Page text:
New Year’s Resolutions

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January 1st can mean a number of things to people. It can mean an extra paid day off, a day to watch football with family and friends, or simply a day to lie on the couch recovering from the prior night’s celebration. And for many people, January 1st also signifies the formation of New Year’s resolutions!

One of the most popular New Year’s resolutions is the desire to lose weight, get back into shape, or to finally fit into those favorite jeans again. Other favorite resolutions are to save more money, have less stress in life, be more organized, spend more time with family, and volunteer more often. However, the one thing all of these resolutions have in common is the potential to end in broken promises and the guilty feeling of not accomplishing one’s goal. In fact, some people no longer make New Year’s resolutions because they don’t want to set themselves up for failure.

Fortunately, there are a few tricks or “systematic methods of goal setting” to consider before giving up on New Year’s resolutions all together. The first and most important is to make sure your resolution or goal is measurable. It is not enough to say, “I want to lose weight.” A better way to set this goal is to ask yourself a few questions such as, “How much weight do I want to lose?” and “How many months would it take to achieve this goal?” It is a good idea to set both a short-term goal and a long-term goal. For example, you may decide upon a short-term goal of losing 1 pound a week for 6 weeks and a long-term goal of losing 24 pounds in 6 months. Well-defined resolutions define your goal and provide a concrete way to measure a goal such as weight loss.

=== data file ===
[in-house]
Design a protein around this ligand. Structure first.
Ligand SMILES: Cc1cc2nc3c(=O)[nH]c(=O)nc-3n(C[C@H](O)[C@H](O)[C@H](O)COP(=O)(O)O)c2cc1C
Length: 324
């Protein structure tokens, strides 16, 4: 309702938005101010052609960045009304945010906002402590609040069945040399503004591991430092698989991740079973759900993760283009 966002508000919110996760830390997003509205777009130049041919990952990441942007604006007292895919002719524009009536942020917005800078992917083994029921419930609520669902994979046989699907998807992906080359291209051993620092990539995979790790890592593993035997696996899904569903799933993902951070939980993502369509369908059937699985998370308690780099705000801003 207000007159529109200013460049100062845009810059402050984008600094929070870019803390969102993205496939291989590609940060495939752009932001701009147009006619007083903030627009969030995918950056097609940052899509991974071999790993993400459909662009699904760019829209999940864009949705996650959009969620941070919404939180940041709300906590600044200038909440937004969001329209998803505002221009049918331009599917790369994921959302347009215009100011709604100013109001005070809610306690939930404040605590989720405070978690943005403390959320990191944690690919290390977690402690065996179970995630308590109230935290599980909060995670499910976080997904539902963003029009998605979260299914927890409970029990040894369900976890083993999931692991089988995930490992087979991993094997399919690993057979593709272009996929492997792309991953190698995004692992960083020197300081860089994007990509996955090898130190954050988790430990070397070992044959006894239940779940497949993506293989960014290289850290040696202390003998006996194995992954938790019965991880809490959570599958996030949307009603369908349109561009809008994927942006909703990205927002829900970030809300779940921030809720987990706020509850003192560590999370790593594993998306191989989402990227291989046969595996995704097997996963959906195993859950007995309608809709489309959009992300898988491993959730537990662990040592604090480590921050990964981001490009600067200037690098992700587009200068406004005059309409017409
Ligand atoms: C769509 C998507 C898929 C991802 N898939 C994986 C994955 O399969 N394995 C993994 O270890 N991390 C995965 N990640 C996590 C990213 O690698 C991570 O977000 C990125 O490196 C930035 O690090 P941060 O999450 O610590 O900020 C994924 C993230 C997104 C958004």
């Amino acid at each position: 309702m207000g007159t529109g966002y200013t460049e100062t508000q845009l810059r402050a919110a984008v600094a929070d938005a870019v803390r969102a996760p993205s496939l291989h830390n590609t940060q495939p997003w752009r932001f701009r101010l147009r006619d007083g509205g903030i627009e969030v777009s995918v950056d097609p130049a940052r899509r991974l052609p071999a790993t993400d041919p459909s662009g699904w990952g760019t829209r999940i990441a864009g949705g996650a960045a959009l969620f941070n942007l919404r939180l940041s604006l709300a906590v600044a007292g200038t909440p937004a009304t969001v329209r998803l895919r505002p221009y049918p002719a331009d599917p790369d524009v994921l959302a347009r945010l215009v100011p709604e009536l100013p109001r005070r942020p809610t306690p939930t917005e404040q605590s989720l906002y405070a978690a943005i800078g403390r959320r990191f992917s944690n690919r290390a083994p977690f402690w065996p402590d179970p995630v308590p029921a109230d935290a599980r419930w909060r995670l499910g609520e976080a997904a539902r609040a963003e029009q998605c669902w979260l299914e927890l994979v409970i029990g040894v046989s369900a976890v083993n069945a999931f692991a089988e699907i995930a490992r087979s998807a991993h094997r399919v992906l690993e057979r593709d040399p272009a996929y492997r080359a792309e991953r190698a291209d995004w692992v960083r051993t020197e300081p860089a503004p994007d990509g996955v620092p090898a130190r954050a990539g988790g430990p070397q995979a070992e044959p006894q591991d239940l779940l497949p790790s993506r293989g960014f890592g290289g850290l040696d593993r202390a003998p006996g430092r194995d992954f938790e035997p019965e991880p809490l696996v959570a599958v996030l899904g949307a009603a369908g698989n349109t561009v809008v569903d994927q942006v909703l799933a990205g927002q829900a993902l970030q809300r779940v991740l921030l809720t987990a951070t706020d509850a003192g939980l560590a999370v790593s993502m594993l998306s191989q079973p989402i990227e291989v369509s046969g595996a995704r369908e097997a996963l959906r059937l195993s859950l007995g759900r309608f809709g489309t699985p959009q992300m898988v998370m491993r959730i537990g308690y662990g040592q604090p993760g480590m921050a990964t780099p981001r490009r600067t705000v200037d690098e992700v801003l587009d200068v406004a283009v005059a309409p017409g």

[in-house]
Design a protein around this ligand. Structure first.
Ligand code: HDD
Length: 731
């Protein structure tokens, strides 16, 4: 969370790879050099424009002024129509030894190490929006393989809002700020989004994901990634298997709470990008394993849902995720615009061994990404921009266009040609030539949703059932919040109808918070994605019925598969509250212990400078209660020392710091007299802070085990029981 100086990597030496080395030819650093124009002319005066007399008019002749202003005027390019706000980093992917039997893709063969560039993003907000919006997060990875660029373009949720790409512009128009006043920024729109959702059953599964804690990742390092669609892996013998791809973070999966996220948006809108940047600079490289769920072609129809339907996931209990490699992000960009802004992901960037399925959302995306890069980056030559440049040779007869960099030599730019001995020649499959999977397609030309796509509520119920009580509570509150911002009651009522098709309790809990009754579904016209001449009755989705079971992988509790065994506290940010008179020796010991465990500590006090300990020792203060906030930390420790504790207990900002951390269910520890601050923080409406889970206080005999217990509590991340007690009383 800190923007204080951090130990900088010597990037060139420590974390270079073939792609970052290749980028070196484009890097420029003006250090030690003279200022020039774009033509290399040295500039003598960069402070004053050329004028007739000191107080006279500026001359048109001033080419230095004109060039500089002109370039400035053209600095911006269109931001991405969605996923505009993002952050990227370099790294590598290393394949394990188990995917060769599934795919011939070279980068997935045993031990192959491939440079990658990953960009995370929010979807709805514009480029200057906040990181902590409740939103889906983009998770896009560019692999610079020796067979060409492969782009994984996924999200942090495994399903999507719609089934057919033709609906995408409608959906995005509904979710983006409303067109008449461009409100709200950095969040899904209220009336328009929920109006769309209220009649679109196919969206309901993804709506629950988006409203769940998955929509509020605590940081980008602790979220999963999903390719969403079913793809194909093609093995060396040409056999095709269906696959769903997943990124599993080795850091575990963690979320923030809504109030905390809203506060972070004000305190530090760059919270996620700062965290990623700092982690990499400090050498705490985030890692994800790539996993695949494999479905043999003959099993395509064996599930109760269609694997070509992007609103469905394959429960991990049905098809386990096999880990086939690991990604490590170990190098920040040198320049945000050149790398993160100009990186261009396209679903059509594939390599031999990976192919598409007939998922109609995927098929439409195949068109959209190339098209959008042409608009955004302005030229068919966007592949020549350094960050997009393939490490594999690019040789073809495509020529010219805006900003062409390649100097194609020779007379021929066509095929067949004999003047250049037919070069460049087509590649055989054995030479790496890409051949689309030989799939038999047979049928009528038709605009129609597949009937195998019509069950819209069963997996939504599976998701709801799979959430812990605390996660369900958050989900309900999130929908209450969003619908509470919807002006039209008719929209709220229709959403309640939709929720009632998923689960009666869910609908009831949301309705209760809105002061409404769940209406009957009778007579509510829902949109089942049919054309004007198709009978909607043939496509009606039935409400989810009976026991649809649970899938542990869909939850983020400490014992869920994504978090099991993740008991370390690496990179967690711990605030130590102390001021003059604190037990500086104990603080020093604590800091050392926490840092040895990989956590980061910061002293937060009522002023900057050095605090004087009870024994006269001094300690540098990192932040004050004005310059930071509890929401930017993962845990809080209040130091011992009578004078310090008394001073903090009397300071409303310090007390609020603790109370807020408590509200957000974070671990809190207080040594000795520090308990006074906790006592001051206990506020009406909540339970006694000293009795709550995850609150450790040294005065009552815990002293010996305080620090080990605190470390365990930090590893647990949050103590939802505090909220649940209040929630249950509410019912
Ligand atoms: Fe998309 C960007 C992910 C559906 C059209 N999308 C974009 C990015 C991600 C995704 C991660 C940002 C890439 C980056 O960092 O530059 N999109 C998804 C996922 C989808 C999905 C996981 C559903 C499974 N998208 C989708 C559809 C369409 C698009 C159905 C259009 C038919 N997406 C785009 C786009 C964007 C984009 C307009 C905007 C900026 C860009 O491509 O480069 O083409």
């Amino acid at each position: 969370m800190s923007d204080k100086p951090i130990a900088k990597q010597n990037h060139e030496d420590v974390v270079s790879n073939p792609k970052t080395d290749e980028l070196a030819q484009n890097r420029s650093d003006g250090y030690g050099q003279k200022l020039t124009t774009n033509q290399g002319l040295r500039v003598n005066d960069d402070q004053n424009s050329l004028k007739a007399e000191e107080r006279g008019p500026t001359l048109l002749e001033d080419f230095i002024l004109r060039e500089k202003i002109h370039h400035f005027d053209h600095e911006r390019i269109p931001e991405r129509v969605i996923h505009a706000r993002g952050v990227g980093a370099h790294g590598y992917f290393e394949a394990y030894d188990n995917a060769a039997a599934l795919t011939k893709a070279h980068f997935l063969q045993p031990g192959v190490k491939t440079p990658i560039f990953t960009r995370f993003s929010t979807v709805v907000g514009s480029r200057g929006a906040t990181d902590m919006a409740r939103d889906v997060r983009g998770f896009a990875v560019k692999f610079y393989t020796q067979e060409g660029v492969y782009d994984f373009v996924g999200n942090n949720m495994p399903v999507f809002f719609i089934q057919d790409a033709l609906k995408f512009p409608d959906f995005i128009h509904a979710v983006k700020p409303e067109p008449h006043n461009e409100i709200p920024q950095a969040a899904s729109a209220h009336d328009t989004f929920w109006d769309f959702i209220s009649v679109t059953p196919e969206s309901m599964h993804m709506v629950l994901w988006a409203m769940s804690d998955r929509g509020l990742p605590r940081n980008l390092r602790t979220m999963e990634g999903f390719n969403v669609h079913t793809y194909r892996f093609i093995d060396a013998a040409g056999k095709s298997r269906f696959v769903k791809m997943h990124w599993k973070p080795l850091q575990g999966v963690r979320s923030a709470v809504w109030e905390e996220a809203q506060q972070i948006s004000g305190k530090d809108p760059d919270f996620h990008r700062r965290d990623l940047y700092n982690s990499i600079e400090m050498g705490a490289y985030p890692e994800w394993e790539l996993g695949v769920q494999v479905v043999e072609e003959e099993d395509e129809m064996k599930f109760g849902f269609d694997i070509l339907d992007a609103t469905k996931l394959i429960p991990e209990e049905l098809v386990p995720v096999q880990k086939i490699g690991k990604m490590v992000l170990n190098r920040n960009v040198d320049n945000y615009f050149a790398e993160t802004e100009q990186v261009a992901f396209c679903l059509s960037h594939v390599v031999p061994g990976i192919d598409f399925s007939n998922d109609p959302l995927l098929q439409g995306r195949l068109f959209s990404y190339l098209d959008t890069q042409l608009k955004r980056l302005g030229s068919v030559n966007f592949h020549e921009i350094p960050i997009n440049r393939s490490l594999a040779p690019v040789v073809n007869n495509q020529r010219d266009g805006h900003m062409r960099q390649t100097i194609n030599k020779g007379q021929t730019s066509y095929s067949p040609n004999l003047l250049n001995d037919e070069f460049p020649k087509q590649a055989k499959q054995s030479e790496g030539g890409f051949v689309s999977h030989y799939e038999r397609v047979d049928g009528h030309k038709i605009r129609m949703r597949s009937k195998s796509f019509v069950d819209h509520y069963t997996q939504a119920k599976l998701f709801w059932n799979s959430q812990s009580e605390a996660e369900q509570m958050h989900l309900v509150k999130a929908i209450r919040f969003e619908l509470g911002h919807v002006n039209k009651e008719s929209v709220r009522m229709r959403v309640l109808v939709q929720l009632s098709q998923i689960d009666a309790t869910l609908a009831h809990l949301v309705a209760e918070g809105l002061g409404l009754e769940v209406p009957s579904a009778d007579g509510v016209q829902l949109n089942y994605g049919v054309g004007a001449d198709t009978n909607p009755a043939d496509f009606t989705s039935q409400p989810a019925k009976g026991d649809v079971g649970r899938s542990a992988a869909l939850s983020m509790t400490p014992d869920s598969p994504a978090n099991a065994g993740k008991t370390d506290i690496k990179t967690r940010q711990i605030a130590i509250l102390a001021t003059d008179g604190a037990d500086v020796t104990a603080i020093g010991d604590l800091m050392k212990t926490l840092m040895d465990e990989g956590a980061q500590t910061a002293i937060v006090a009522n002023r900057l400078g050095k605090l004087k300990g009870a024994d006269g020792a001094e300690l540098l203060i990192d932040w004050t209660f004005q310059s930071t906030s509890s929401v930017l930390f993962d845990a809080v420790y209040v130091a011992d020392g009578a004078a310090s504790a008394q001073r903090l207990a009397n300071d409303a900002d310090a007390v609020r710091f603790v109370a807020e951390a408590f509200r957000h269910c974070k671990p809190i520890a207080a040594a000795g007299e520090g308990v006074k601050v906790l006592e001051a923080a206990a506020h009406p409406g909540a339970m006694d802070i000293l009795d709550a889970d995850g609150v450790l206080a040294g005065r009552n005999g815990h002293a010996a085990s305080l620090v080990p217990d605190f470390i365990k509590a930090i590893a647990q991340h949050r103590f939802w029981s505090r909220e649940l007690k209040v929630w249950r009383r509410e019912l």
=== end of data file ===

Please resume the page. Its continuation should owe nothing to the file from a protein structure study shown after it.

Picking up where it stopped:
In addition to making New Year’s resolutions that are measurable, make sure your resolution is realistic. Most people, with the right diet and exercise plan, can lose between 1 and 2 pounds a week. Sure, there are people who can achieve more; but realistically, quick weight loss is not usually the healthiest way to maintain a healthy body weight. Besides, setting the goal of 1 pound a week means that it is a huge success if you achieve a 3-pound loss in one week!

Another important tip is to have a good support system in place. It is very difficult to stick with a new goal when there is no one on your side as a helper and cheerleader. Think of people in your life who are encouraging and can help you stay accountable. Your support system should be comprised of people who understand your New Year’s resolution plan and are not going to sabotage it. People in your support system can also have the same goals or be striving for something similar.

So, after that clock strikes midnight on January 1st, keep in mind these little tricks and see what happens with your 2012 New Year’s resolutions. There is a good chance you will not be giving up if you set a realistic, measurable goal and enlist the support of a good friend to help you stay on track!


  • 63% of people say they are keeping their resolutions after two months
  • 67% of people make three or more resolutions

Top four resolutions:

  • Increase exercise
  • Be more conscientious about work or school
  • Develop better eating habits
  • Stop smoking, drinking, or using drugs (including caffeine)
  • People make more resolutions to start a new habit than to break an old one.

Fast Facts Source: Schwarz, Joel. “How to keep up with those New Year’s resolutions, researchers find commitment is the secret of success.” University of Washington. 23 December 1997. 27 Dec 2010.

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